“Oh, Senora, I have no trouble.” His denial was swift. “I keep myself separated from her at all possible times. It is with herself that she has trouble.” His look asked if Serena understood, and added, “That senorita lives with ingratitude. For all that Don Jeff has done, she has no remembrance. She remembers only that she grows old without the strength of Don Jeff or the sweet youth of David.” Moving his hands in pantomime, he showed Jeff as the staff and David as the light.
“She thinks only that people will no longer salute her as the head of Don Jeff’s household. To herself she says, ‘Now I cannot have the expensive garments or prepare the splendid meals. I will have only my cousin who is older than I and who complains that her days of affliction have taken hold of her and that her soul is weary of life.’ Is it not so?”
He threw out his hands in a gesture of dislike and started to fold his serape.
Serena could have hugged him in sheer love, but she only said, “It is very difficult for her.”
“Difficult!” Luis jerked himself upright, standing militantly in the doorway. “Is she,” he demanded of Serena, “the first person in the world to grow old? is she the first person to be bereft of family? No, God has not deserted her. It is she who has deserted God.” His shoulders dropped wearily, then in one of his quicksilver moods, he smiled sweetly as a child.
“Now it is Delia who has the sick soul. If she can be made to see she has many blessings to count,” he raised one hand impressively above him, “for she still has strength, a splendid home, and the love of you and Don Jeff – if she can see these things, there is a cure for her.” Stooping again, he picked up his gifts, settling them in his arms with a final gesture. “You must be of great endurance with her, senora.” Bowing, he trotted amiably away.
He was barely out of the house before Jeff came in, the cool breath of the orchards and the smell of damp earth clinging to him.
“We could have stayed longer,” he said remorsefully. “It will be days before we can turn the soil.” Hugging her tightly, he whispered, “Glad to be home?”
Serena knew the question meant many things. “Wherever you are, Jeff,” she answered, smoothing his windblown hair. But a part of her wished that she were still in Mexico, far away from Delia, and without problems to be solved.
“I thought you were going to change your dress.” His eyes said that he had seen her brown tweed suit before.
“I was, but Luis came in to talk, and you know Luis.”
Slipping away, she went into the bedroom to pick out a dark dress, suitable to wear to Delia’s dinner. “I’ll be with you in a minute,” she called alter from the shower.
When she came out, Jeff was standing at the west windows, viewing the green hills through the bare limbs of the walnut trees. “I don’t mind making Delia wait,” he teased her, “but my soul rebels at the thought of spoiling her biscuits.”
As they passed through the dining room, she saw a large, gilt-covered box on the table. With a sudden impulse she picked it up.
“Do you have to show everything tonight?” Jeff protested.
“This one is so pretty.” Her voice was light. In the box was a beautiful white woolen scarf, big as a cloak. She had bought it in one of the shops in Juarez their last day in Mexico.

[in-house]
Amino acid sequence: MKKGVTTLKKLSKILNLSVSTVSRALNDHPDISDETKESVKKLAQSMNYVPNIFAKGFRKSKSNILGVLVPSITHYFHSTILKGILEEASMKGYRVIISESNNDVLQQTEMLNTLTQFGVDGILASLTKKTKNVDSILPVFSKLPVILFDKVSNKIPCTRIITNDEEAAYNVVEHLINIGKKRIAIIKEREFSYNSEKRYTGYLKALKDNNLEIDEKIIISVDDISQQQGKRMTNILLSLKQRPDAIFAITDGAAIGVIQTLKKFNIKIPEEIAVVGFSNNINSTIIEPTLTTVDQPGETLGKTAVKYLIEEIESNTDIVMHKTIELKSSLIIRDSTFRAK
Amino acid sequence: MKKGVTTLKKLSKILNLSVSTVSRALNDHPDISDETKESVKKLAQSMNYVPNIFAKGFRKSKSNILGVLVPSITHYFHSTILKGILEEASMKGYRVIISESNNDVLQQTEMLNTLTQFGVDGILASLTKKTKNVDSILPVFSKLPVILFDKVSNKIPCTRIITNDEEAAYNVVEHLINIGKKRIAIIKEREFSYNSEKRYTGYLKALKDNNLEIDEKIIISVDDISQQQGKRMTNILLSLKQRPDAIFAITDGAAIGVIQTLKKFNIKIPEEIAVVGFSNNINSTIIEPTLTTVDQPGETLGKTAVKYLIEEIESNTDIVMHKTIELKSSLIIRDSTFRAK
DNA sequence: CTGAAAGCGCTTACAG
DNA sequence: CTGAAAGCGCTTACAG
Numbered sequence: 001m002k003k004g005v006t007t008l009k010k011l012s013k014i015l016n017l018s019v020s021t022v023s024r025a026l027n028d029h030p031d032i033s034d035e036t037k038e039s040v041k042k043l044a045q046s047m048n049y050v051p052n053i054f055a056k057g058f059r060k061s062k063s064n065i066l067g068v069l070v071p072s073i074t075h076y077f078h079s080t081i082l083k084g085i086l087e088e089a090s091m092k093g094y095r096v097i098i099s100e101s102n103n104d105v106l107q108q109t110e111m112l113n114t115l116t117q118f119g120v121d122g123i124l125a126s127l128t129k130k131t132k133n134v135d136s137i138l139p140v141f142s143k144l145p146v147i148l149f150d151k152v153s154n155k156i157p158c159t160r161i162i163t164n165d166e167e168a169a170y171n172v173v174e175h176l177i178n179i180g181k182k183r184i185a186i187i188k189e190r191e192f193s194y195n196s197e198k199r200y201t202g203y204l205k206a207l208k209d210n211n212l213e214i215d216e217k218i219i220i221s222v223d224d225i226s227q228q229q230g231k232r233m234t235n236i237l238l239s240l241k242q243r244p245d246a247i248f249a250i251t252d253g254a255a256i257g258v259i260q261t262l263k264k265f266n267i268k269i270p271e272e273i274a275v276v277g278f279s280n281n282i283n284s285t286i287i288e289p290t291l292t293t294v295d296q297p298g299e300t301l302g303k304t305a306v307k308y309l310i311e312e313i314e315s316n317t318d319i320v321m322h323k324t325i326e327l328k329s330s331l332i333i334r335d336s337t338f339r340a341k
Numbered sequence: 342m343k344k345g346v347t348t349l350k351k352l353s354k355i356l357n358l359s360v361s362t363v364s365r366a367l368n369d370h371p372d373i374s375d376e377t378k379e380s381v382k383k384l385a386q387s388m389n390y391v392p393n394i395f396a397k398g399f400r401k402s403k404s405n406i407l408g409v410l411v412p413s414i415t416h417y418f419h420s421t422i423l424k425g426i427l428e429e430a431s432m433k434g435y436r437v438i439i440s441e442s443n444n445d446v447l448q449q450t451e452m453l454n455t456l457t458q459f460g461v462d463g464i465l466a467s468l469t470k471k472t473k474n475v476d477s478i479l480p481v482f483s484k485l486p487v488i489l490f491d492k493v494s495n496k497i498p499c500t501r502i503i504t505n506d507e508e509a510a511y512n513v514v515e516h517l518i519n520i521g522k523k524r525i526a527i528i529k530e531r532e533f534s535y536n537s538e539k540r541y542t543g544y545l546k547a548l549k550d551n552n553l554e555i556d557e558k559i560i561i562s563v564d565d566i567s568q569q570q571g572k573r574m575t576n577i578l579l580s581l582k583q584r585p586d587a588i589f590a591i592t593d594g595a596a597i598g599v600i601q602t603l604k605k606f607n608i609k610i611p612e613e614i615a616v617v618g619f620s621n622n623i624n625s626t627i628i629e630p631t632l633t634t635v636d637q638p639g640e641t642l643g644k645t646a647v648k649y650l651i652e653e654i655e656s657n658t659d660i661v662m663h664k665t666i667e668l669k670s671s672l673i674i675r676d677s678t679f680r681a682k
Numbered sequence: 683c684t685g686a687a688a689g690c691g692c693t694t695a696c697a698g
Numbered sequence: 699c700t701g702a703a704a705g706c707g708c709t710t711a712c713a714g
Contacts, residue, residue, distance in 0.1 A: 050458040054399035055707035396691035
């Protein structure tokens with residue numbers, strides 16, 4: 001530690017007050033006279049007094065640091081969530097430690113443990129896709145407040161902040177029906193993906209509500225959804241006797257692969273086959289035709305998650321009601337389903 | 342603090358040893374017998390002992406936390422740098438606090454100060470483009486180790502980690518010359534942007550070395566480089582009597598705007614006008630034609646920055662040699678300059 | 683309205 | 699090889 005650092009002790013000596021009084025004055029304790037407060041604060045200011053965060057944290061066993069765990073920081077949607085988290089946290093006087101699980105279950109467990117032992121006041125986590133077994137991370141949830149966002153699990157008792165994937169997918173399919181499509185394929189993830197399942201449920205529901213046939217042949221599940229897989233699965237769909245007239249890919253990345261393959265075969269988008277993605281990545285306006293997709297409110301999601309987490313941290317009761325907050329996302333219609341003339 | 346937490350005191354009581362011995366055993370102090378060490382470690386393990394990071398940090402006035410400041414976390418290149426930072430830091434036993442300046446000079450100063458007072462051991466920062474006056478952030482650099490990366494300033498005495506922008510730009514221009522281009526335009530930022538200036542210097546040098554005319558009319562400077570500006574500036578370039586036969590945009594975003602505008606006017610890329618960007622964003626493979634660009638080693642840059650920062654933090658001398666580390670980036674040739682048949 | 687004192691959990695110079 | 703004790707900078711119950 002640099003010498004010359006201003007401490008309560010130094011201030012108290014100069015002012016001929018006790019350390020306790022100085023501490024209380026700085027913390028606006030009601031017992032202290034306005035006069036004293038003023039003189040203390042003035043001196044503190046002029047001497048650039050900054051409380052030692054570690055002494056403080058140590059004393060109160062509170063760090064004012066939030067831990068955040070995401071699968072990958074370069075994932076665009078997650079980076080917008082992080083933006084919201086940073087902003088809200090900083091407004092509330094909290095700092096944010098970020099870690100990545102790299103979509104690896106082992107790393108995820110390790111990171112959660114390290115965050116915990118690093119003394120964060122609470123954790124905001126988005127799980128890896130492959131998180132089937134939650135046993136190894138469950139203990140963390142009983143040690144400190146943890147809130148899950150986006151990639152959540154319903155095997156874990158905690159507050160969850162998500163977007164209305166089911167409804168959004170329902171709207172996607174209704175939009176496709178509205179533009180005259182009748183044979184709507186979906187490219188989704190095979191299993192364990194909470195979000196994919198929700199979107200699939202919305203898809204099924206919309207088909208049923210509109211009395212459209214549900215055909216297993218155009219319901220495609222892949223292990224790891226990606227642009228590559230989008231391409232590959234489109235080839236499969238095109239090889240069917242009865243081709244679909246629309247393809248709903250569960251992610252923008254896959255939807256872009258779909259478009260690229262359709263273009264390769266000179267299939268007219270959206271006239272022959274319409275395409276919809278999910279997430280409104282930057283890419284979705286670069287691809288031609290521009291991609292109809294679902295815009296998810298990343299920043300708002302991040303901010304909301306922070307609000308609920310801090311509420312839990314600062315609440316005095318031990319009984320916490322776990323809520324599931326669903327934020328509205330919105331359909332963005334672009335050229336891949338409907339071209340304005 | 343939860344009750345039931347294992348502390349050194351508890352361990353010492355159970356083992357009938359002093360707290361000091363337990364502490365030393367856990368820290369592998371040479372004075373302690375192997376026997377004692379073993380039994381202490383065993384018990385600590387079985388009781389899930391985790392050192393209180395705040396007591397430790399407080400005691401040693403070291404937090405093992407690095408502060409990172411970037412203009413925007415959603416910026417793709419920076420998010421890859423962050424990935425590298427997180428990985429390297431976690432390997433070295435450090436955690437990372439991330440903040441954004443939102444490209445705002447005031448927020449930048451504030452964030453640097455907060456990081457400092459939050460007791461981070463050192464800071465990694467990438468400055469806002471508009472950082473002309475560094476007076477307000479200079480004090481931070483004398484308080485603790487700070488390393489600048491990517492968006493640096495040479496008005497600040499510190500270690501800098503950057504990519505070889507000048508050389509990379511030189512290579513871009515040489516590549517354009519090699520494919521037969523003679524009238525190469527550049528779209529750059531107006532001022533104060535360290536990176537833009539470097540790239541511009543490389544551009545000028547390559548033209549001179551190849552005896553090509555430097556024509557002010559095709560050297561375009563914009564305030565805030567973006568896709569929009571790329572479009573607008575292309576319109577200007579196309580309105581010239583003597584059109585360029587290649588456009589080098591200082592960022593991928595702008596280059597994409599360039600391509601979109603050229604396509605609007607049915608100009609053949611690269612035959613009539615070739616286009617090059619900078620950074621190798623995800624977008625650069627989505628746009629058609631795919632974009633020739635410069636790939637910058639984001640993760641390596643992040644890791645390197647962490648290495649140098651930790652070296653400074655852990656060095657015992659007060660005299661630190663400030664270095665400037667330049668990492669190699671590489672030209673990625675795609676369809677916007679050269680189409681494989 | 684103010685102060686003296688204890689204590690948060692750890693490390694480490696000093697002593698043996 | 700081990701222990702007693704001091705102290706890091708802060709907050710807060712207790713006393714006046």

“That’s pretty enough for an evening wrap,” Jeff said. “I’ll take you dancing when we go back.”
“It doesn’t look like the Legion hall on Saturday night.”
“Legion hall,” Jeff scoffed. “That’s for Nob Hill.”
Delia, wearing the silver combs and earrings, was slightly put out.
“You go right into the dining room,” she commanded them. “Everything is spoiling by waiting. Don’t make it any worse. And my land,” she turned to David who was shining with cleanliness, “pull out a chair for Serena. I hope I’ve taught you how to treat guests.”
Serena’s eyes met Jeff’s. Don’t say anything, her eyes begged.
It was a good dinner, rich with dressing, brown gravy, and whipped cream.
“How does it feel to be back to some good home cooking after all those hot Mexican dishes?” Delia asked as she served Jeff a second helping of cream cake.
“Heavenly, Delia, heavenly,” Jeff smiled, settling back in his chair.
Serena rose from the table, asking to be excused for a moment. Then she was back with the golden box.
“Our thanks for the wonderful dinner and all the other things you have done for us and David.” She put the box in front of Delia.
Jeff’s mouth started to open in quick protest, but she did not look his way.
“It’s something beautiful to look at and lovelier to wear,” she told Delia, who was staring at the box.
“My land, you’ve brought me so many things! Go get my kitchen scissors, David.” Her veined hands fumbled with the cord.
“We saved the best for the last,” Serena assured her.
Delia cut the cord and lifted the scarf from its tissue wrappings. Her mouth fell open, her hands trembled, and telltale color darkened her thin cheeks. “Why, it’s beautiful, too beautiful for me!” She kept her eyes downcast.
“It will give you something really elegant to wear to your parties.” Serena draped the scarf around Delia’s square shoulders.
“My, my,” Delia muttered, watching herself in the buffet mirror. “Now I have to get at the dishes,” she scolded them, folding the scarf with jerky fingers. She left the box on the table and went to the kitchen, where Luis was scraping the pans. “You don’t need to help,” Delia said testily.
“I’ll help.” Serena took a pan from his hands. “Isn’t it your night to go to Church?”
Luis beamed. “Tonight I would like to work. We build a new chapel, and now we finish floors.” He went happily out.